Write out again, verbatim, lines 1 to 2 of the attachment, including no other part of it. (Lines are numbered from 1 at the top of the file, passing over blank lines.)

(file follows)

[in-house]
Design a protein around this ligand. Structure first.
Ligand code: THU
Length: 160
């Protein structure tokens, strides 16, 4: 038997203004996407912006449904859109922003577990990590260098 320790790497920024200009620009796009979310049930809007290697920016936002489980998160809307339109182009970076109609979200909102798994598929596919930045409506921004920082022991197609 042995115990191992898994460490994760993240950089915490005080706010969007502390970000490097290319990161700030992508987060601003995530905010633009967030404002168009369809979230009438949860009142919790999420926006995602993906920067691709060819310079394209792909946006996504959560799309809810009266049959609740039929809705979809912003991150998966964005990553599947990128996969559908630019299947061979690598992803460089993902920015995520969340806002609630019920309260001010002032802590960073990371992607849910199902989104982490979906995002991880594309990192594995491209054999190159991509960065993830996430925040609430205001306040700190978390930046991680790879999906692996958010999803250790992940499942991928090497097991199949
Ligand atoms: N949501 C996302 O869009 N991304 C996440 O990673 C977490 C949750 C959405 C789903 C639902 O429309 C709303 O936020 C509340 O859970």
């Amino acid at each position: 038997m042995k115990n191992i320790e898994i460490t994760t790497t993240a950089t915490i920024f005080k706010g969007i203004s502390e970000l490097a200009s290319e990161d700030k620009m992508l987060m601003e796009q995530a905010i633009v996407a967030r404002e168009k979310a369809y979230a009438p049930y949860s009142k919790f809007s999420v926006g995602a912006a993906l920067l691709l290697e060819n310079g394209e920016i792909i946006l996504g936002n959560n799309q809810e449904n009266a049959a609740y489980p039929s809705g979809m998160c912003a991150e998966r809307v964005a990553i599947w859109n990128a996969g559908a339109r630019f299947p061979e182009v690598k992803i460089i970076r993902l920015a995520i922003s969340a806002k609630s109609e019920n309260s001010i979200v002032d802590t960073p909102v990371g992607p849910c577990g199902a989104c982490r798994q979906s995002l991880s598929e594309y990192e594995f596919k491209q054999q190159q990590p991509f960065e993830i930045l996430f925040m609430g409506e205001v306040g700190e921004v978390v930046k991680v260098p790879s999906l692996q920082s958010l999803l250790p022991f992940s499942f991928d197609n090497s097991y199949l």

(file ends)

[in-house]
Design a protein around this ligand. Structure first.